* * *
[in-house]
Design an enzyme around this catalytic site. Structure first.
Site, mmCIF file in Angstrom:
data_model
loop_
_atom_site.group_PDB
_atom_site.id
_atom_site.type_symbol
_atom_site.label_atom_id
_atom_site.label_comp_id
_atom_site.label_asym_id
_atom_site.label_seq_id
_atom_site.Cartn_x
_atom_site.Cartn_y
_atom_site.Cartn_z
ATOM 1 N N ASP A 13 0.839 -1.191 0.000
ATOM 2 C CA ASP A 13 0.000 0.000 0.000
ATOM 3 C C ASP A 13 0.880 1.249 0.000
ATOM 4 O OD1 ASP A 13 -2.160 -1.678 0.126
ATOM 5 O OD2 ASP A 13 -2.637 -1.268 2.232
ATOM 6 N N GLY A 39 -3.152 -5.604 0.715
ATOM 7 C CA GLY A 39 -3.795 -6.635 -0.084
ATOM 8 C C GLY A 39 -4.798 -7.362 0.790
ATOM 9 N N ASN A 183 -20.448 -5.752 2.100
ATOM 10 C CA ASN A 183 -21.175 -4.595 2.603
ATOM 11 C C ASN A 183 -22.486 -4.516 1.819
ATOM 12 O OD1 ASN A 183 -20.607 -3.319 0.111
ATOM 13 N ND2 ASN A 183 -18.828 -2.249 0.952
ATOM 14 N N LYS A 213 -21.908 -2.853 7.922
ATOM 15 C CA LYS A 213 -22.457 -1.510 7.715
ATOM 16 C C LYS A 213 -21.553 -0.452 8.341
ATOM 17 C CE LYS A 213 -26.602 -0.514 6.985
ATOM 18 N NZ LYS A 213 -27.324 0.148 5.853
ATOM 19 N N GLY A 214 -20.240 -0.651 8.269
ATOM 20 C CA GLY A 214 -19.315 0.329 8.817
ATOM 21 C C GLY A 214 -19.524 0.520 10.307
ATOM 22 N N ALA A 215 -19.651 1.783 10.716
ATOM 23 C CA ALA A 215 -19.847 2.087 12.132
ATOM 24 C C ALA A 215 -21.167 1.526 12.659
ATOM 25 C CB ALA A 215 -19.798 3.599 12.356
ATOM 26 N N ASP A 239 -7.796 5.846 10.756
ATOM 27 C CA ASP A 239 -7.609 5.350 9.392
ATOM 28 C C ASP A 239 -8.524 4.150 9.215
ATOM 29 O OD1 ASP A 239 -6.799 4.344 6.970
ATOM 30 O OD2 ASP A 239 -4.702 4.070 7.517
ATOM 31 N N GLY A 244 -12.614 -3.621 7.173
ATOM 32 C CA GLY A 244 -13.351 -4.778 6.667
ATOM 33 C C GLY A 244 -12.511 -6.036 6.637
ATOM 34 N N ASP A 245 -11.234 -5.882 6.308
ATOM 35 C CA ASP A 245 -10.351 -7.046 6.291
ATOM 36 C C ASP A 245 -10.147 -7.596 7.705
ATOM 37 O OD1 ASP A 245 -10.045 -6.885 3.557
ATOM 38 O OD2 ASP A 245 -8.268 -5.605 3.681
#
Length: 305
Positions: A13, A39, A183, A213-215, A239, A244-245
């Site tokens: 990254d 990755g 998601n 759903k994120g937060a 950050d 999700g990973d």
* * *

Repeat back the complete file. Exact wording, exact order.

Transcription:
[in-house]
Design an enzyme around this catalytic site. Structure first.
Site, mmCIF file in Angstrom:
data_model
loop_
_atom_site.group_PDB
_atom_site.id
_atom_site.type_symbol
_atom_site.label_atom_id
_atom_site.label_comp_id
_atom_site.label_asym_id
_atom_site.label_seq_id
_atom_site.Cartn_x
_atom_site.Cartn_y
_atom_site.Cartn_z
ATOM 1 N N ASP A 13 0.839 -1.191 0.000
ATOM 2 C CA ASP A 13 0.000 0.000 0.000
ATOM 3 C C ASP A 13 0.880 1.249 0.000
ATOM 4 O OD1 ASP A 13 -2.160 -1.678 0.126
ATOM 5 O OD2 ASP A 13 -2.637 -1.268 2.232
ATOM 6 N N GLY A 39 -3.152 -5.604 0.715
ATOM 7 C CA GLY A 39 -3.795 -6.635 -0.084
ATOM 8 C C GLY A 39 -4.798 -7.362 0.790
ATOM 9 N N ASN A 183 -20.448 -5.752 2.100
ATOM 10 C CA ASN A 183 -21.175 -4.595 2.603
ATOM 11 C C ASN A 183 -22.486 -4.516 1.819
ATOM 12 O OD1 ASN A 183 -20.607 -3.319 0.111
ATOM 13 N ND2 ASN A 183 -18.828 -2.249 0.952
ATOM 14 N N LYS A 213 -21.908 -2.853 7.922
ATOM 15 C CA LYS A 213 -22.457 -1.510 7.715
ATOM 16 C C LYS A 213 -21.553 -0.452 8.341
ATOM 17 C CE LYS A 213 -26.602 -0.514 6.985
ATOM 18 N NZ LYS A 213 -27.324 0.148 5.853
ATOM 19 N N GLY A 214 -20.240 -0.651 8.269
ATOM 20 C CA GLY A 214 -19.315 0.329 8.817
ATOM 21 C C GLY A 214 -19.524 0.520 10.307
ATOM 22 N N ALA A 215 -19.651 1.783 10.716
ATOM 23 C CA ALA A 215 -19.847 2.087 12.132
ATOM 24 C C ALA A 215 -21.167 1.526 12.659
ATOM 25 C CB ALA A 215 -19.798 3.599 12.356
ATOM 26 N N ASP A 239 -7.796 5.846 10.756
ATOM 27 C CA ASP A 239 -7.609 5.350 9.392
ATOM 28 C C ASP A 239 -8.524 4.150 9.215
ATOM 29 O OD1 ASP A 239 -6.799 4.344 6.970
ATOM 30 O OD2 ASP A 239 -4.702 4.070 7.517
ATOM 31 N N GLY A 244 -12.614 -3.621 7.173
ATOM 32 C CA GLY A 244 -13.351 -4.778 6.667
ATOM 33 C C GLY A 244 -12.511 -6.036 6.637
ATOM 34 N N ASP A 245 -11.234 -5.882 6.308
ATOM 35 C CA ASP A 245 -10.351 -7.046 6.291
ATOM 36 C C ASP A 245 -10.147 -7.596 7.705
ATOM 37 O OD1 ASP A 245 -10.045 -6.885 3.557
ATOM 38 O OD2 ASP A 245 -8.268 -5.605 3.681
#
Length: 305
Positions: A13, A39, A183, A213-215, A239, A244-245
């Site tokens: 990254d 990755g 998601n 759903k994120g937060a 950050d 999700g990973d």